posted on November 05, 2012 11:45
Book by Marcia Y. Cantarella
Review by Lisa Novack
Office of Student Services
College of Biological Sciences
University of Minnesota – Twin Cities
Where can students turn for guidance and help on campus? What academic policies and procedures are common across campuses? What transitions can students expect during each year of college? These questions and more are addressed in Marcia Y. Cantarella’s I can finish college: The overcome any obstacle and get your degree guide.
The author draws upon her personal experience as a former dean to provide an informative, easy-to-read, and engaging guide for incoming college students and their families. The book presents an overview of college in chronological order, from deciding which college to attend to graduation ceremonies and alumni resources. In between, topics addressed include financial aid, study skills, and academic policies. Throughout the book, vignettes of diverse student scenarios support advice provided in the text. Minimal prior experience with higher education is necessary to understand and find value in the content as excerpts provide clarification and definitions for issues discussed. Readers will gain an understanding of the resources available in college and are encouraged to ask questions and seek assistance when facing challenges. In regards to academic advisors as a source of support, the author writes, “The adviser is trained not only in the rules of the school and curriculum but also to help support you in many ways, including during personal crises- he or she is your ally (p. 50).”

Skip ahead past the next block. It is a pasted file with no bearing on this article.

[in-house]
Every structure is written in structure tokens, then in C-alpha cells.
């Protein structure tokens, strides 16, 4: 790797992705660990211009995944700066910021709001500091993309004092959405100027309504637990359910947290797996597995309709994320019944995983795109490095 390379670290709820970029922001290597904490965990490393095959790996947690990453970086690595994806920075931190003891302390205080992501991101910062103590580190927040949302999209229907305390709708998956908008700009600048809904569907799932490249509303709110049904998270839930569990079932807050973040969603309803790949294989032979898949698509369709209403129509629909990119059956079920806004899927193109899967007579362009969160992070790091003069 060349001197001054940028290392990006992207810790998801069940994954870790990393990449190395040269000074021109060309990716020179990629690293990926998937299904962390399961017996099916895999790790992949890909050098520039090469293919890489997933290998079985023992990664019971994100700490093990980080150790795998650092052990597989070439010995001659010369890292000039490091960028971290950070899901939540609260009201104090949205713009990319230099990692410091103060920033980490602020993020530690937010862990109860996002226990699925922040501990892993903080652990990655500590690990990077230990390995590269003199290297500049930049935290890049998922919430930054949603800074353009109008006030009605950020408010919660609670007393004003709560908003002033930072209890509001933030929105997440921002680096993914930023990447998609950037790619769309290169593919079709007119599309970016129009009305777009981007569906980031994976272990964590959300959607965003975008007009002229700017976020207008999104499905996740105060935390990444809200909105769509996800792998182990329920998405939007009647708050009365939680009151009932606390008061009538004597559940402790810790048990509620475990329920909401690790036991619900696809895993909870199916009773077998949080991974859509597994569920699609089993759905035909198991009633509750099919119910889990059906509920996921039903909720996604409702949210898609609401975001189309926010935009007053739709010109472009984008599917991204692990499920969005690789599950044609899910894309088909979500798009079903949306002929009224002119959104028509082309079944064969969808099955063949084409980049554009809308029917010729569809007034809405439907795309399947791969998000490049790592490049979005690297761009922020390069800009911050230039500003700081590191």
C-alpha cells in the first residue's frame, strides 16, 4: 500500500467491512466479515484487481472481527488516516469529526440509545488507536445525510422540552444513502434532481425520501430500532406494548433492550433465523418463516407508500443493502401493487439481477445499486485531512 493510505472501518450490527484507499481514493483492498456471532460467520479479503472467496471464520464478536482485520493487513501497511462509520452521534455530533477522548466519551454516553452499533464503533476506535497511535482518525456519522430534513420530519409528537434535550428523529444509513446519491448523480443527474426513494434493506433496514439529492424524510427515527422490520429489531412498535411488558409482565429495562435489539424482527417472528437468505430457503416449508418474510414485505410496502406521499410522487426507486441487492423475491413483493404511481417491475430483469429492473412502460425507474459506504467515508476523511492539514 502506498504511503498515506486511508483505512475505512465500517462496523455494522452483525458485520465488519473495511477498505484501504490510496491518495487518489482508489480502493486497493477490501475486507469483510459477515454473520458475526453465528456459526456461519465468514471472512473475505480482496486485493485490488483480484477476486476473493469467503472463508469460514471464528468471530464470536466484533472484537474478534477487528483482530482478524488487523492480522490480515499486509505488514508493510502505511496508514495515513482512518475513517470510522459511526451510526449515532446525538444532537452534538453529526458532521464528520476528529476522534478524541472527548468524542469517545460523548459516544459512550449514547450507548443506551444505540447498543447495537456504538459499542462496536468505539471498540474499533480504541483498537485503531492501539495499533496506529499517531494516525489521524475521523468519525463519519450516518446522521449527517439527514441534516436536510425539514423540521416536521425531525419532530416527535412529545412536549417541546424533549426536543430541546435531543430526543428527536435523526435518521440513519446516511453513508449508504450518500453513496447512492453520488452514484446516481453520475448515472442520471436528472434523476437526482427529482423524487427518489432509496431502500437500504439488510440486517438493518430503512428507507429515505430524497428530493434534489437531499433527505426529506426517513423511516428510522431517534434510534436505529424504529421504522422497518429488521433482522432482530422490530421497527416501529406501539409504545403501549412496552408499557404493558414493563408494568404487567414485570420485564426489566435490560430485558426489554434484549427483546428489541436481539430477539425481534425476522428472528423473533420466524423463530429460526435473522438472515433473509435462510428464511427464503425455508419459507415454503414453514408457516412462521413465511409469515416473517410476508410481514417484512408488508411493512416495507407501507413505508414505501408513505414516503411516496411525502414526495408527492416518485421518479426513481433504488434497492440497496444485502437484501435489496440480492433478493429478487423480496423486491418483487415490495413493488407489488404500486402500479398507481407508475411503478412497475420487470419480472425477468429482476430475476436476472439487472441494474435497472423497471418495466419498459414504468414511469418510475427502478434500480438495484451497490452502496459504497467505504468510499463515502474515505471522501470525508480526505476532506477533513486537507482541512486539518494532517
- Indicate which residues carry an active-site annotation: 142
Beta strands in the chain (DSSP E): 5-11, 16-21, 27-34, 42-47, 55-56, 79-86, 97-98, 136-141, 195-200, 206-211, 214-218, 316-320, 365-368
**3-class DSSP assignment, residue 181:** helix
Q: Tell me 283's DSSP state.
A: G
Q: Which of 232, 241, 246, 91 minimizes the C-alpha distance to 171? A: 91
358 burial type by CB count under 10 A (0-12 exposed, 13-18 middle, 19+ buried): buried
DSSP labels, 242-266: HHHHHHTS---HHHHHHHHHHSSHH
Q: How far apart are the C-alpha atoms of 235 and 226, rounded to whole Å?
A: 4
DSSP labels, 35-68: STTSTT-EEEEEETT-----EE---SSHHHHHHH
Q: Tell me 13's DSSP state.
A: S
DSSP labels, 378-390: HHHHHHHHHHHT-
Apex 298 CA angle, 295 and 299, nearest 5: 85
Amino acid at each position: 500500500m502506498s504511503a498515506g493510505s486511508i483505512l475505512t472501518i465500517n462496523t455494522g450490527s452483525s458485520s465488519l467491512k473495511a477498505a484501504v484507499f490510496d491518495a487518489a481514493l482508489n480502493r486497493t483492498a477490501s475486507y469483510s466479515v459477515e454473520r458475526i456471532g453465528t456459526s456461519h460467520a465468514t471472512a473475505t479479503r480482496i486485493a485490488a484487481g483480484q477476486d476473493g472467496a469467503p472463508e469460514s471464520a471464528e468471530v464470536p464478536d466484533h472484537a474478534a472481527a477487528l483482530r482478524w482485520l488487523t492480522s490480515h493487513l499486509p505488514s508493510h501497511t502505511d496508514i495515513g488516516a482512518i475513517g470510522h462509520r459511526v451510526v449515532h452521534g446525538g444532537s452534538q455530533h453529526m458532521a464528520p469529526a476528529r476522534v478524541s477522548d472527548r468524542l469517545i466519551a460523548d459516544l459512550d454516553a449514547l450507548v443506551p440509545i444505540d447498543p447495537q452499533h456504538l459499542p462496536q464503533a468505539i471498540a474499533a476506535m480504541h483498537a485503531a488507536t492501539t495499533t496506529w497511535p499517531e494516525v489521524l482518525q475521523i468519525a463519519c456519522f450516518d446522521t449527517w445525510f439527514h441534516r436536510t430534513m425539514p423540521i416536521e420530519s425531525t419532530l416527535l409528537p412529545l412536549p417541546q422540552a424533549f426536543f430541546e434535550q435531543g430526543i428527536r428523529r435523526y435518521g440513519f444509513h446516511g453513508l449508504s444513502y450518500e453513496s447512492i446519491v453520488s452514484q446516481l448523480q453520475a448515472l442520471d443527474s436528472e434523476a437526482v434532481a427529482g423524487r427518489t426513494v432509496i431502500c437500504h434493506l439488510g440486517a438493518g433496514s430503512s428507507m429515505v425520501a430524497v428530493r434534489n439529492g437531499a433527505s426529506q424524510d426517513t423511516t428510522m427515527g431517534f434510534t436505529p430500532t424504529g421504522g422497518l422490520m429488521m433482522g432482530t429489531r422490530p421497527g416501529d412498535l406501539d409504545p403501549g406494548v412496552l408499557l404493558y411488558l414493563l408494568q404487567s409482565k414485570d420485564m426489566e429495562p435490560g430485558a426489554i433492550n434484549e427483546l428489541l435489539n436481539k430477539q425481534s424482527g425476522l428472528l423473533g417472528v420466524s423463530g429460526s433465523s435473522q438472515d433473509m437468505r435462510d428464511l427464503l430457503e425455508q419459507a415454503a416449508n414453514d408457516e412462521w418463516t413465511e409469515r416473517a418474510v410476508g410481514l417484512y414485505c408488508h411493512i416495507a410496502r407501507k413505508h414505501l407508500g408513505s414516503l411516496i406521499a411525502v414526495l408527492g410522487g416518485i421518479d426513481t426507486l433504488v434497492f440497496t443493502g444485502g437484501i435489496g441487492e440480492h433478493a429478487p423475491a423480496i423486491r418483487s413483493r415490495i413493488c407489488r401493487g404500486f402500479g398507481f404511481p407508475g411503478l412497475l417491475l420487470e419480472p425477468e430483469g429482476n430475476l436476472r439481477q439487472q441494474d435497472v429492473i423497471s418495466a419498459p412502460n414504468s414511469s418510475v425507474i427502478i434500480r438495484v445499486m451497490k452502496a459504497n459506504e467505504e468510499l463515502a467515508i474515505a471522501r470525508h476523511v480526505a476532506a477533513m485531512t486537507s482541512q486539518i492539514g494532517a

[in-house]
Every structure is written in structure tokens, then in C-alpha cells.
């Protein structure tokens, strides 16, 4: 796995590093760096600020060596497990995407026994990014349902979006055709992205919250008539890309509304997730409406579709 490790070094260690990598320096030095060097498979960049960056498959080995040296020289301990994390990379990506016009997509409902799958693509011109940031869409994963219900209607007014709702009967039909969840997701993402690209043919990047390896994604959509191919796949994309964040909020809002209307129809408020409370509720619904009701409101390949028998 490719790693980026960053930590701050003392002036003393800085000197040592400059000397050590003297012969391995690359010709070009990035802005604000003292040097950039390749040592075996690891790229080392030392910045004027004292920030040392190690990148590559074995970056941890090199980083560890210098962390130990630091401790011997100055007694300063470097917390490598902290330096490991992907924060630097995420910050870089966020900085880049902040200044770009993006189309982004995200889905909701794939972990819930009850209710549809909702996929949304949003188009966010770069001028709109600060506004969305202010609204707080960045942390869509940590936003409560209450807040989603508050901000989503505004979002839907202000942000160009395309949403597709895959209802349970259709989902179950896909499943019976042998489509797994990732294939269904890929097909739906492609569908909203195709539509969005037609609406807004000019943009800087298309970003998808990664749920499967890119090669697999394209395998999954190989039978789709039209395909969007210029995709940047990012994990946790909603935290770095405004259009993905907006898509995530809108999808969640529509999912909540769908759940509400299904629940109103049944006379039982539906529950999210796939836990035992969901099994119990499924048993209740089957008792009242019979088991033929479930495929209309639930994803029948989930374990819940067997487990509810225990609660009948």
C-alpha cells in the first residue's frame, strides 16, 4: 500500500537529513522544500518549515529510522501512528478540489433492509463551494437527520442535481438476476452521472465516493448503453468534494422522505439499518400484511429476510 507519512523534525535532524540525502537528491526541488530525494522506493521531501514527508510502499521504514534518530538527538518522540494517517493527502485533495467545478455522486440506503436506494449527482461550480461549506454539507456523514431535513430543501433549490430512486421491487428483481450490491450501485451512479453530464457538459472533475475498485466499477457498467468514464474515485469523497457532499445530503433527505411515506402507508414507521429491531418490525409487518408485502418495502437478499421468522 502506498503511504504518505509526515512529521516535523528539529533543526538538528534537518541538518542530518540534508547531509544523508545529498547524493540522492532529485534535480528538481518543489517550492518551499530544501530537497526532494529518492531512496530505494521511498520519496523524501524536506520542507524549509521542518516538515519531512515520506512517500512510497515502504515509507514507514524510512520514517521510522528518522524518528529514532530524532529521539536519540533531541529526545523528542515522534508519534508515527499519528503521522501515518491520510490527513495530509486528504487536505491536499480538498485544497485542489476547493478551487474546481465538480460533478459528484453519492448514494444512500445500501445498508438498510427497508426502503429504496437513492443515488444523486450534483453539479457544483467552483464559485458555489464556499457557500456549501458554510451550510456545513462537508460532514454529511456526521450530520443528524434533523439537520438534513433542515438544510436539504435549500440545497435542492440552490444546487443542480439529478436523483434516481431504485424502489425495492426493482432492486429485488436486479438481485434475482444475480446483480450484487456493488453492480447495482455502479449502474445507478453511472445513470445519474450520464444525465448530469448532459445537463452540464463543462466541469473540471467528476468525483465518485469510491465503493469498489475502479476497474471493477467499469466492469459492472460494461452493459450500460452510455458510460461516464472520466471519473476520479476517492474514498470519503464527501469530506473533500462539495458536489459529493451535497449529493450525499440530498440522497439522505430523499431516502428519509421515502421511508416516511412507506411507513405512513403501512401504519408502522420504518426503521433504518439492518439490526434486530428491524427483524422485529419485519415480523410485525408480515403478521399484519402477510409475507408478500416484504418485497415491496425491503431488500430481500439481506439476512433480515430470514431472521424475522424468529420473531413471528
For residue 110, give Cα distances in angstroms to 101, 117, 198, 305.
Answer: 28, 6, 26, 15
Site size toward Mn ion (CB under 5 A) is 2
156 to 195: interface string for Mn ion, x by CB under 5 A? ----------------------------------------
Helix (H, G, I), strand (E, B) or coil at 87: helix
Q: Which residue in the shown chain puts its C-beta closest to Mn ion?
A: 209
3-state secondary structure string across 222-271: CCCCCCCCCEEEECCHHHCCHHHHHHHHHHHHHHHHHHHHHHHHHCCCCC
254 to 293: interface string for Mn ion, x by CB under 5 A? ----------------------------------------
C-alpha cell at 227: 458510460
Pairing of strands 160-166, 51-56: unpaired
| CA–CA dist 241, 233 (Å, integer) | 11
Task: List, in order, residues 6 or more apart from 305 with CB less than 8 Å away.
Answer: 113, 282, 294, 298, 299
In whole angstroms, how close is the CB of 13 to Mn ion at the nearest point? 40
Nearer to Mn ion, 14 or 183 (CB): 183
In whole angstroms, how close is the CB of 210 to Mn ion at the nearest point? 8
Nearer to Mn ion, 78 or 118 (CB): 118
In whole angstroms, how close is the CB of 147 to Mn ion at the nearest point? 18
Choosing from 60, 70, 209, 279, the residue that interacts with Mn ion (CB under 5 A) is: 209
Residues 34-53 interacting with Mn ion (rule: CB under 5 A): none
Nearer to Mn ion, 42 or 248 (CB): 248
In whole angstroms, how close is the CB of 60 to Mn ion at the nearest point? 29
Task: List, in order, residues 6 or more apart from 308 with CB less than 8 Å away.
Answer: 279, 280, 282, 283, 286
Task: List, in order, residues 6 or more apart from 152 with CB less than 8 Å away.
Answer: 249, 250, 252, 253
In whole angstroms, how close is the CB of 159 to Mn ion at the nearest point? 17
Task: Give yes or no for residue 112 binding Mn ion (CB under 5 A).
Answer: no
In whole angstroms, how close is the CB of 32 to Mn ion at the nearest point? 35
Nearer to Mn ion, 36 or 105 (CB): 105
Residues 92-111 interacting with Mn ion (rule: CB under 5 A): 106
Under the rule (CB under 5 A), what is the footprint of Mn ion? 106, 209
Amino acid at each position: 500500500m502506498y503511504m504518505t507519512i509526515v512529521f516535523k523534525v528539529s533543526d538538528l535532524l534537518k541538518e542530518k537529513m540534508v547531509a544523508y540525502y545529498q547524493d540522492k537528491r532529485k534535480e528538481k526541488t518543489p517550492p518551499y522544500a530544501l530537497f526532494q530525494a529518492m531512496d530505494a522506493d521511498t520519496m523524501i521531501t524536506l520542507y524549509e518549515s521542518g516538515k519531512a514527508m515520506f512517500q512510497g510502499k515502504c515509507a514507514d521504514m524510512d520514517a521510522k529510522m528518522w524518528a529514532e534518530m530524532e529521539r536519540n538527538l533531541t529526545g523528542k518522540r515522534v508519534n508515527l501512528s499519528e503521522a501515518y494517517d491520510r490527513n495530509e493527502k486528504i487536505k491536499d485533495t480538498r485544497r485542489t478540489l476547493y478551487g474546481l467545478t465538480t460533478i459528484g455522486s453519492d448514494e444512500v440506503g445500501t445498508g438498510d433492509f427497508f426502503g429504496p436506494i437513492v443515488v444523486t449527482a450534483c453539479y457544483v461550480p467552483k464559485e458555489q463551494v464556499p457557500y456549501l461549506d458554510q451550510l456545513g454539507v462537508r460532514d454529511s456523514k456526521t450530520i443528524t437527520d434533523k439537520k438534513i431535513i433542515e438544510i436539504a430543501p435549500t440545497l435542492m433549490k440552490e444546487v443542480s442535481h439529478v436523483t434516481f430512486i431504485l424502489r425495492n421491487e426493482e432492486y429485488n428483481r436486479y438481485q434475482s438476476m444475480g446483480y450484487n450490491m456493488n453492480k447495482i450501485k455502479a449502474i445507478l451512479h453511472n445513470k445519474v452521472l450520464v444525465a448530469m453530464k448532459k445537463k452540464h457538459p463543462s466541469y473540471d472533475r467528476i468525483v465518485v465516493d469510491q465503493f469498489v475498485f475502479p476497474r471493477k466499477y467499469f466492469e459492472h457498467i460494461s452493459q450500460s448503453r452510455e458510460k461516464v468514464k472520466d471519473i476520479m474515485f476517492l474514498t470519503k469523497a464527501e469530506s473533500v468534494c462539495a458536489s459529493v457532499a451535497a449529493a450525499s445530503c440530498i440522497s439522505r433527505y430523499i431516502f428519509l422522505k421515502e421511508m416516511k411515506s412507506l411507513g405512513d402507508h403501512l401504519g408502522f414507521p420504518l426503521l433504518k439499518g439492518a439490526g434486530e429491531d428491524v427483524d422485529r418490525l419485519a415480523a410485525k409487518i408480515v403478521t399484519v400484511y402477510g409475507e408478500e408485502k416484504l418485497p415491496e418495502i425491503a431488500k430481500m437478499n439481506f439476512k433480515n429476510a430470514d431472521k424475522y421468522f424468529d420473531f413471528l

Advisors will find selected sections of this book relevant to their work with students. Perhaps most useful for advisors is chapter four, which presents an overview of degree requirements, course selection, and choosing a major in an easy-to-understand format. The content serves as a reminder of the curricular policies and procedures that are second nature to advisors, but may seem overwhelmingly complicated to students. Additionally, numerous study tips and time management strategies are explored in chapter eight that advisors may employ when working with students.
The main limitation of the book is that it lacks cited research to support recommendations and advice. Chapter seven highlights transitions students will encounter during college though the overview seems to be anecdotal and based on the author’s experiences versus grounded in research. Second, while the information throughout the book is general and applicable to various institutional types, any college guide cannot be “one-size-fits-all” for every institution as each college has unique policies, academic requirements, and organizational structures.
In summary, I can finish college serves as a valuable resource for incoming college students. Though not the target audience, academic advisors may also find the content helpful as it reinforces the questions and challenges students may encounter and the role we play in helping students complete their degrees.
I can finish college: The overcome any obstacle and get your degree guide. (2011). Book by Marcia Y. Cantarella. Review by Lisa Novack. New York: Cantarella Consulting. 240 pp. $17.85, ISBN # 978-0-557-71731-6